In the religious world, according to Thayer’s Greek Lexicon, ‘Hamartánō’ (‘Sin’ in our English Bibles), contained a number of meanings as follows – ‘To be without a share in, to miss the mark, to err, be mistaken, to miss or wander from the path of uprightness and honour, to do or go wrong, to wander from the law of God, or to violate God’s law.’

Sin then, in contrast to individual actions or the lack of them is, at its most basic level, a failing to live up to the the standard of perfection for which we were originally created. We need to bear this in mind as we move forward.

The generally held belief in my tradition, and this is true in both Protestantism and Roman Catholicism is, that as a result of the disobedience of Adam and Eve in the paradise of Eden, they were expelled from it by an offended God who was  angered by their disobedience (sin). Furthermore, this theory teaches, that as a result of their disobedience, every human being coming after them becomes as guilty as they and, consequently, live under God’s righteous condemnation and wrath.  So, having elevated the God of love, as I have, as the touchstone for all his actions, I am forced to ask – where is the love of God manifest in this incident and in the doctrine which flows from it? Well, let’s take stock.

The way I see it, the tragedy of Eden was primarily the tragedy of a broken relationship. Hitherto Adam and Eve lived with God in perfect harmony. There was no barrier in this perfect eternal communion. However, disobedience brought division and separation. To live eternally separated from God is my concept of eternal death – call it ‘Hell’ if you will, although the term is, I think, grossly misunderstood in its general use as well as within many religious traditions. Even the language used in Genesis appears to confirm estrangement as the issue – ‘So the Lord God banished him from the Garden of Eden to work the ground from which he had been taken’ (Genesis 3 NLT). Again, ‘banishment’ from God’s presence is relational death. However, as we know, Adam not only died relationally to God but, from the moment of his disobedience, the seed of physical death began to work within him. But even in this, tragedy although it most certainly was, I think we can see the love and mercy of God at work. How so? For the very reason, as we have said, that to live eternally in separation from God is Hell. I don’t think we can even begin to imagine the consequences of eternal separation from Love. The late and esteemed evangelical theologian,  J.I. Packer, once said – ‘Hell is the negation of fellowship with the Lord .. the negation of any form of contentment’.

However, there appears to be no suggestion in the biblical text that because of the disobedience of Adam, his descendants are, by default, held guilty of his his sin. The theory of ‘Original Sin’  is, in fact, of a much later vintage. It was not even, as far as we can establish, a view espoused by the very early church and only appears to have come into vogue with the writings of Augustine of Hippo (354–430), who was the first author to use the phrase ‘Original Sin’. Subsequently, it became, as we know, the official teaching of both Roman Catholicism and Protestantism. Of course the adoption of this doctrine caused other problems – in particular the practical status of infants and children. If all are born guilty and responsible for Adam’s original sin – do infants and children, if they die, go to hell? Answer – not if the are baptised into the church! Enter ‘Infant Baptism’ and ‘Baptismal Regeneration’ to give them their proper terms. But these do not concern us at the moment.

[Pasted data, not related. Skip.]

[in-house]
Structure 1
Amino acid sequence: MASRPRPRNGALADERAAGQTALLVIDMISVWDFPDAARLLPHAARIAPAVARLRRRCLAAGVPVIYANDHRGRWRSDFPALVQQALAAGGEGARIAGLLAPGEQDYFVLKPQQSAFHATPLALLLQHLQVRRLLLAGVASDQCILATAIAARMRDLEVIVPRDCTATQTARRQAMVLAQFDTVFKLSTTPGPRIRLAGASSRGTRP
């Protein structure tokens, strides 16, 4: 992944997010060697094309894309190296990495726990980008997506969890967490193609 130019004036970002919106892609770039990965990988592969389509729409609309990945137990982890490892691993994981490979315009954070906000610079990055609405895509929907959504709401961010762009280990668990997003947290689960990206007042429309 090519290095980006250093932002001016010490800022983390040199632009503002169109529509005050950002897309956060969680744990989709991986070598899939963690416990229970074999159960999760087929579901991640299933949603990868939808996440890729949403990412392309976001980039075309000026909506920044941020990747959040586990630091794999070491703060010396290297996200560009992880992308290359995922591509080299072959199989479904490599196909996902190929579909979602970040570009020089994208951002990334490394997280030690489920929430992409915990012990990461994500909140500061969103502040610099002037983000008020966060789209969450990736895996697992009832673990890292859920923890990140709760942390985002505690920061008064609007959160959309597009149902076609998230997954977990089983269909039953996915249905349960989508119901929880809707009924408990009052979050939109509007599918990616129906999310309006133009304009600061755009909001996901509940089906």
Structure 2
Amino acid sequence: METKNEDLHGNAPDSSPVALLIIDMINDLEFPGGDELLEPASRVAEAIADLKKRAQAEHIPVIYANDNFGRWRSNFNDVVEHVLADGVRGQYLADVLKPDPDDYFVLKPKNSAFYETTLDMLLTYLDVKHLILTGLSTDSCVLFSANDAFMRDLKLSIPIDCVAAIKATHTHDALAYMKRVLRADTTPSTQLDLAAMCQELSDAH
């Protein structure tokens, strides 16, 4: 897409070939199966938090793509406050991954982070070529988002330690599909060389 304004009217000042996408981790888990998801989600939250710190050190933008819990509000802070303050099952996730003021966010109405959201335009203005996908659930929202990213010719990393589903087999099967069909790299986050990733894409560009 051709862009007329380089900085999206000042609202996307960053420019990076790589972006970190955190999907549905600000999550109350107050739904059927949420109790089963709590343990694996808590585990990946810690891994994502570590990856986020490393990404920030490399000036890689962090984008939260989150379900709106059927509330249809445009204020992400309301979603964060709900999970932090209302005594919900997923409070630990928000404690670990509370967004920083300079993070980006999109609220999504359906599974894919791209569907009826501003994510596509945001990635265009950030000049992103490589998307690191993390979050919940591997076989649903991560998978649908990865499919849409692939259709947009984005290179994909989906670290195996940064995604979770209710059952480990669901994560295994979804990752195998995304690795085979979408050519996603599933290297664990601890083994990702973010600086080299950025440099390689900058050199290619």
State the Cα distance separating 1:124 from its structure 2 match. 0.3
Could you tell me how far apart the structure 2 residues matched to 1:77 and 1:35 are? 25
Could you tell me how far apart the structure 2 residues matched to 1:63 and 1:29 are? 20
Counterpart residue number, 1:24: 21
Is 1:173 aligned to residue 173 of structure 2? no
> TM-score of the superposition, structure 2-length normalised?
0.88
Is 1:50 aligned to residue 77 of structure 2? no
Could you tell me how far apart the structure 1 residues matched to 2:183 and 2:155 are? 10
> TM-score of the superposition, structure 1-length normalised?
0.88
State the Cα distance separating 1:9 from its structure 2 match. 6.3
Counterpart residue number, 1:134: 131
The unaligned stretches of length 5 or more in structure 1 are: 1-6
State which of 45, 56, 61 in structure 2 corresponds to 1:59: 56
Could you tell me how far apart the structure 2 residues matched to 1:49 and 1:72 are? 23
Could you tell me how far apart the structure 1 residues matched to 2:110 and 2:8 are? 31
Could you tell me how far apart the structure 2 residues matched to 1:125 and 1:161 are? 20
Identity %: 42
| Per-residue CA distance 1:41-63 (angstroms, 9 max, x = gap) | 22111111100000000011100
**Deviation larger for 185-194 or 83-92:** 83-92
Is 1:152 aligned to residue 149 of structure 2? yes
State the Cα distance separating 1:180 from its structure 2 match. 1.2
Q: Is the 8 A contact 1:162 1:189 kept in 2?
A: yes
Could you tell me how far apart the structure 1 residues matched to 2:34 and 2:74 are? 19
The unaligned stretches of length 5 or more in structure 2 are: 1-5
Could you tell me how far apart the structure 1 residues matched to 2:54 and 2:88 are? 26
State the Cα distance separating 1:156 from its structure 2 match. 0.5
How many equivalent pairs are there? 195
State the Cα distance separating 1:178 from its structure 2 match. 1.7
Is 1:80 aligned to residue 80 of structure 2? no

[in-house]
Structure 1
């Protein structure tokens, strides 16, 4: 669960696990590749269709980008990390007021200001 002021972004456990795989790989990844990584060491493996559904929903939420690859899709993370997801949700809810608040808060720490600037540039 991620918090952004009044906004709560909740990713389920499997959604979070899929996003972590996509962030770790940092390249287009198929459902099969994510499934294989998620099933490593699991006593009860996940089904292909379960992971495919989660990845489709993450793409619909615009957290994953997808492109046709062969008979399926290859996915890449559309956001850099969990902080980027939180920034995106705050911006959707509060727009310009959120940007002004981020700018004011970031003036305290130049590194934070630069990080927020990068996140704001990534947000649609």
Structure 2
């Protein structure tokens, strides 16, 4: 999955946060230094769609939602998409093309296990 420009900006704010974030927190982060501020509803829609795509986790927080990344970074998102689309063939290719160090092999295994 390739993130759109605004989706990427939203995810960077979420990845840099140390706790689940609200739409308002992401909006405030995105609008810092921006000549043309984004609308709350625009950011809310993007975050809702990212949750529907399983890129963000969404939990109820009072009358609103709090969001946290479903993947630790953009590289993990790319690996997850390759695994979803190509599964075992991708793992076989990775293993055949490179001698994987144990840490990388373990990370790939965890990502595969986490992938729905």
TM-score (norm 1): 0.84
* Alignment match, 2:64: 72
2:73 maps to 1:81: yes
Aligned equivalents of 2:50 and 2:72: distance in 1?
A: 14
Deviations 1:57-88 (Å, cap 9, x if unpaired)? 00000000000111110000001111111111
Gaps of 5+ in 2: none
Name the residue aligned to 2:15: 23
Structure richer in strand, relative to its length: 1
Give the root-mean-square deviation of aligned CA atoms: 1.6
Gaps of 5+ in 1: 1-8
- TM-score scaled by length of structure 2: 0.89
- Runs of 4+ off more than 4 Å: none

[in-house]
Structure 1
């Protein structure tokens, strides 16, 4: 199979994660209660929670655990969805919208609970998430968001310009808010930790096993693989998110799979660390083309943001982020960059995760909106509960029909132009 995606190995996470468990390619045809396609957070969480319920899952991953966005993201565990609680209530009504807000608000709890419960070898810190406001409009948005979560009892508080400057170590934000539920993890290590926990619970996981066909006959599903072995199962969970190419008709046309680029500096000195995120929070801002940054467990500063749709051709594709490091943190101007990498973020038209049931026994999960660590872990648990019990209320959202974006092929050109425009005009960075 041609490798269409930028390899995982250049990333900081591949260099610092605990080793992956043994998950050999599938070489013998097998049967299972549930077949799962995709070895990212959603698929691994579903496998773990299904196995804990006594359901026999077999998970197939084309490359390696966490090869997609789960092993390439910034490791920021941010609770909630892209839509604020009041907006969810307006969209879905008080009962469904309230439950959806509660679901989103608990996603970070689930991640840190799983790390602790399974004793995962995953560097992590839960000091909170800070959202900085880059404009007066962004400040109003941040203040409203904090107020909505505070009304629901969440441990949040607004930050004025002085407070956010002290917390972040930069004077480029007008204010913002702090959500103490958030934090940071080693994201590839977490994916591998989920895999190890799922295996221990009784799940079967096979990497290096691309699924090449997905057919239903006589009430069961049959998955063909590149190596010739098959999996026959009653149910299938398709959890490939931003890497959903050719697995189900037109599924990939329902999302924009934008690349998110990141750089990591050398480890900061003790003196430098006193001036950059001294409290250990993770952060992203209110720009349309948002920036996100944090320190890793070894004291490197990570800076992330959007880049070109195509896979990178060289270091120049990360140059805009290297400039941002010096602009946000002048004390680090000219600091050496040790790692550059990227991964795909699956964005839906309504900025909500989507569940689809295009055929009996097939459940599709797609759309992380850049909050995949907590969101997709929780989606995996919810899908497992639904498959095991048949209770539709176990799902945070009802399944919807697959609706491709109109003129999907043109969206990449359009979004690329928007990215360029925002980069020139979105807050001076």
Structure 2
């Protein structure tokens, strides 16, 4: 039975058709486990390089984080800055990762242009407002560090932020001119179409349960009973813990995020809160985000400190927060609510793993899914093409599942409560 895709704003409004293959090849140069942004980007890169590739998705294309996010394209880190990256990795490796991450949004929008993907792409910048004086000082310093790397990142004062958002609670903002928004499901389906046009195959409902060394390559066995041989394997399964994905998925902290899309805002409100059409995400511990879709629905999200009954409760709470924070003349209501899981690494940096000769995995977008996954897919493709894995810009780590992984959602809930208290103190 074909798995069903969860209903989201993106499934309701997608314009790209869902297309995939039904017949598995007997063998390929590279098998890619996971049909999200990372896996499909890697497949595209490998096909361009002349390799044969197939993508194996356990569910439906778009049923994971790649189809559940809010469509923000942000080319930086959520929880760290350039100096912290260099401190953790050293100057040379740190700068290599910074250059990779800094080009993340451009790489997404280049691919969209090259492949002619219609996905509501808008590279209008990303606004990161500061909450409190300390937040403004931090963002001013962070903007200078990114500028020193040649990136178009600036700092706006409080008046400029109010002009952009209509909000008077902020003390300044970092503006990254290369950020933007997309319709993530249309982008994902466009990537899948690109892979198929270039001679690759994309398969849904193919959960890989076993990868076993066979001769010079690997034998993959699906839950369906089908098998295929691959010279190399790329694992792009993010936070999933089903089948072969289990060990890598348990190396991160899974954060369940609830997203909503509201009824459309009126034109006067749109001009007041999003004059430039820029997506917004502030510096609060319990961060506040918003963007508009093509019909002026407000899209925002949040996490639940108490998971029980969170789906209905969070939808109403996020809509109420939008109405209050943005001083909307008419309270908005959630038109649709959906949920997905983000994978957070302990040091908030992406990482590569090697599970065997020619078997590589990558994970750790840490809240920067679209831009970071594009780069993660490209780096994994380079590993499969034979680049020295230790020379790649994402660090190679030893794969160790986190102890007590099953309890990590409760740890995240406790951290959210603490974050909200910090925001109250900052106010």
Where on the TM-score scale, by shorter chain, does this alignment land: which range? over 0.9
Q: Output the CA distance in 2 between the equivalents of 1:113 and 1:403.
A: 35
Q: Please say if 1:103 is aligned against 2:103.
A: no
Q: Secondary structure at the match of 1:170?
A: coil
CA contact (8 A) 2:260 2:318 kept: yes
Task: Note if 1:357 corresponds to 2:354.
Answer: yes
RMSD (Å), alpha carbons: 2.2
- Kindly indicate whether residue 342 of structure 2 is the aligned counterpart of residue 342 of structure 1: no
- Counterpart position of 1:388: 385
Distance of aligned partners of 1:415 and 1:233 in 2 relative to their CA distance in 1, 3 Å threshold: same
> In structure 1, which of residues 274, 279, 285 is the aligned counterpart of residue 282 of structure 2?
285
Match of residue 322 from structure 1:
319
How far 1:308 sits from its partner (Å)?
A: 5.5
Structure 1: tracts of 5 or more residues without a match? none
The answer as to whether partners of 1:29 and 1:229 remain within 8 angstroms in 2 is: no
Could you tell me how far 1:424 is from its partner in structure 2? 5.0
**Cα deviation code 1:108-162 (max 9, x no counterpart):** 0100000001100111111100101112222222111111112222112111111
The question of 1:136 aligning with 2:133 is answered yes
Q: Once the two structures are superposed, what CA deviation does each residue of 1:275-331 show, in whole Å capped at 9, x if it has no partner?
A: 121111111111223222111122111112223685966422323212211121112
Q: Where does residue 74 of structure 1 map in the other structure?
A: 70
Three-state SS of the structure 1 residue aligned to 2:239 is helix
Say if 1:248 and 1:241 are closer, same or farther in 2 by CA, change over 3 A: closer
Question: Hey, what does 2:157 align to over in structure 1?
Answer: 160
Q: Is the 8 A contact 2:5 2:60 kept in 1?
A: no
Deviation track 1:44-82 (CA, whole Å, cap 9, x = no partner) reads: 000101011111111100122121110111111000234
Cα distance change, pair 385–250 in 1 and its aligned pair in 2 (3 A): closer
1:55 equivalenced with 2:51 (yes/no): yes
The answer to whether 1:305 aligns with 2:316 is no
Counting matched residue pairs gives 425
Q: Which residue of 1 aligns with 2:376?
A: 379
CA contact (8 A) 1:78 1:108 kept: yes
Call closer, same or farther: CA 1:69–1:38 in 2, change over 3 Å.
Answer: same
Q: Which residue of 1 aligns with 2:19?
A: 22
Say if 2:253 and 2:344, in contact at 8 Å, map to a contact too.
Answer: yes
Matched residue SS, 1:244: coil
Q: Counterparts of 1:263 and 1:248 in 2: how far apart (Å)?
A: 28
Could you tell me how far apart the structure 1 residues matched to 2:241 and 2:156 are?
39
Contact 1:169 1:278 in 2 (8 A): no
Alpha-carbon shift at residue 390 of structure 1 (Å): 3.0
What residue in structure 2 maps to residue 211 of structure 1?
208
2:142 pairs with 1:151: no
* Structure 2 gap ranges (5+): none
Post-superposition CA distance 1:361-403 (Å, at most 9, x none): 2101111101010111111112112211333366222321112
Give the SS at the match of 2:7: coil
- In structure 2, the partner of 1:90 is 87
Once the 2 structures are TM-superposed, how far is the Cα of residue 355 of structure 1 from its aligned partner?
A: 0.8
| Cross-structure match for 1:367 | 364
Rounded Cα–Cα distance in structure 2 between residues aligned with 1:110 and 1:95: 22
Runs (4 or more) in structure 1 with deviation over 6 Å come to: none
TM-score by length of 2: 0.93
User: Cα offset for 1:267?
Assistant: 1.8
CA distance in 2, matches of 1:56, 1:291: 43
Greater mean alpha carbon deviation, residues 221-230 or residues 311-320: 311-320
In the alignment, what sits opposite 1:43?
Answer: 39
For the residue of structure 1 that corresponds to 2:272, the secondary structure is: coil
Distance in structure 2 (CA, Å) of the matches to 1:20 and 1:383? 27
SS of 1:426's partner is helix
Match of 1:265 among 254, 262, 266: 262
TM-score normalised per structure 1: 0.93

Interestingly, Judaism itself does not accept the concept of Original Sin – nor, after Genesis, is the ‘Eden’ story ever picked up again in the Old testament. Neither in fact is it mentioned by Jesus. Jack Heppner has commented in relation to this  –

‘So it is not surprising that Jesus does not pick up that story in his life and ministry either. If the primary purpose of Jesus’ coming to earth was to undo the curse attached to the ontological Fall of Adam and Eve, as many western theologians postulate, one would expect that Jesus would have said as much at least at some point in his ministry. But Jesus does not speculate about the cosmic origin of sin; instead simply assumes the universal presence of sin defined in terms of relational brokenness.’ (2)

Furthermore, the doctrine of Original Sin is not held by the Eastern Orthodox Church, which is much older than Protestantism and (IMO) closer in thought and doctrine to the early church. As we have said, Protestantism adopted this doctrine from Roman Catholicism. The official stance of the Eastern Orthodox Church is described as follows –

‘Orthodoxy believes that, while everyone bears the consequences of the first sin, the foremost of which is death, only Adam and Eve are guilty of that sin.’ And – ‘In the Orthodox view, guilt can only result from an act which one has committed. We can’t sin for another person. We believe that we need a saviour to overcome death and our separation from God, to be forgiven our own transgressions, but not to be forgiven for Adam’s transgression.’